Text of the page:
Donald Trump's Social Media Order Could Have Global Impact—The 'World is Watching,' Tech Experts Say

Donald Trump
President Donald Trump appears at an event in Washington, D.C., on May 26. After Twitter fact-checked two of his posts claiming mail-in ballots would lead to fraud, Trump accused the social platform and others of violating free speech and threatened to “close them down.” Getty/Win McNamee

President Donald Trump doesn't care if his new executive order targeting social media platforms sparks a lawsuit.

"I guess it's going to be challenged in court, but what isn't?" Trump told reporters Thursday shortly before signing the order in the Oval Office. "We're fed up with it."

But tech experts predict the order could have a chilling effect on the future of social media—not just in the United States, but globally.

"The world is watching. How we tackle this complex issue matters," Adrian Shahbazz, a researcher with FreedomHouse, a nonprofit think tank focused on democracy, political freedom and human rights, told Newsweek. "We need to make sure we are using all components of our democracy to ensure that whatever policy we make goes through the appropriate process of deliberation and review and reaching out to affected stakeholders."

The order comes mere days after Twitter linked two of Trump's tweets about mail-in voting to a fact check page noting that, historically, voting by mail hasn't been linked to evidence of widespread voter fraud.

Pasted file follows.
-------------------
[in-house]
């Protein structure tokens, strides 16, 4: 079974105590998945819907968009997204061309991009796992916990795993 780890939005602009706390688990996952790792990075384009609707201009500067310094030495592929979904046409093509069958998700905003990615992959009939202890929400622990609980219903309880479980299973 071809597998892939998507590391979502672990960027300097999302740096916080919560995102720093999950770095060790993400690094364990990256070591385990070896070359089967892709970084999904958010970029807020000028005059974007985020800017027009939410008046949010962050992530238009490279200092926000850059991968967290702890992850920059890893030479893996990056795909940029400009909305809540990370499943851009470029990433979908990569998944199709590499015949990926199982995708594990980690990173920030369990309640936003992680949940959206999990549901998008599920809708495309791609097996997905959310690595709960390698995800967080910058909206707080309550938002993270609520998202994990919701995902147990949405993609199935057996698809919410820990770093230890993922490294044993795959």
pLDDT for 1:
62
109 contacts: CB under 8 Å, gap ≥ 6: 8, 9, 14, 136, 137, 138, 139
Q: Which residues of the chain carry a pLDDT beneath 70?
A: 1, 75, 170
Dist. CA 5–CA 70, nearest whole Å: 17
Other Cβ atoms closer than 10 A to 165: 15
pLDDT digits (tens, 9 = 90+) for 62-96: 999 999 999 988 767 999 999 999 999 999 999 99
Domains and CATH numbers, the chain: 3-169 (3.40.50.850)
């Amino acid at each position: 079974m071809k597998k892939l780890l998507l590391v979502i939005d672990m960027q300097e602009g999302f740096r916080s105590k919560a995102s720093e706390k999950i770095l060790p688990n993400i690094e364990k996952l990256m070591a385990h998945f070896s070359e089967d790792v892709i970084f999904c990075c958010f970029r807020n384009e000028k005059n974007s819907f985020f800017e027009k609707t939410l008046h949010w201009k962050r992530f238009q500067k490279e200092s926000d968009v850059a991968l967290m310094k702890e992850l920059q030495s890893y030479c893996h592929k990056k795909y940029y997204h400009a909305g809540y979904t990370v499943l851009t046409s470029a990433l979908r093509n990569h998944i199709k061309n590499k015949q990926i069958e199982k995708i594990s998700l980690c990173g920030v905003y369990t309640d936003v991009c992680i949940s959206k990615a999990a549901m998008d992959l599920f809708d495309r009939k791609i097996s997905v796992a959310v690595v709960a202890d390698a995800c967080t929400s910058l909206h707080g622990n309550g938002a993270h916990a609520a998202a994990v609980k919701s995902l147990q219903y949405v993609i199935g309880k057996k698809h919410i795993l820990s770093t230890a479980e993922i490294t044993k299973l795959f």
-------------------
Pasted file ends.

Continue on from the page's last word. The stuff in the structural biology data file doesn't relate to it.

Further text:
It was one of the first times that Twitter has used its new labeling system and the first time it had been directed at the president, who tweets frequently.

Trump's order would remove a crucial liability shield for social media platforms under the Communications Decency Act if they censure or edit content. Section 230 of the Communications Decency Act protects such platforms from liability because they are considered forums for sharing ideas, rather than traditional publishers responsible for content.

The order also would ban the federal government from spending money to advertise on platforms that violate outlined "free speech principles."

"They're editorial decisions—in those moments, Twitter ceases to be a neutral public platform," Trump told reporters. "They become an editor with a viewpoint. I think we can say that about others, also, whether you're looking at Google, whether you're looking at Facebook and perhaps others."

In effect, it could strong-arm Twitter and other outlets into dropping future "fact check" endeavors. Trump said that would be a good thing.

"Social media companies that engage in censoring or any political conduct will not be able to keep their liability shield, that's a big deal," Trump said. "They have a shield; they're not gonna have a shield."

Twitter and Facebook did not respond to Newsweek's requests for comment on the order.

A Google spokeswoman told Newsweek the company relies on "clear content policies and we enforce them without regard to political viewpoint."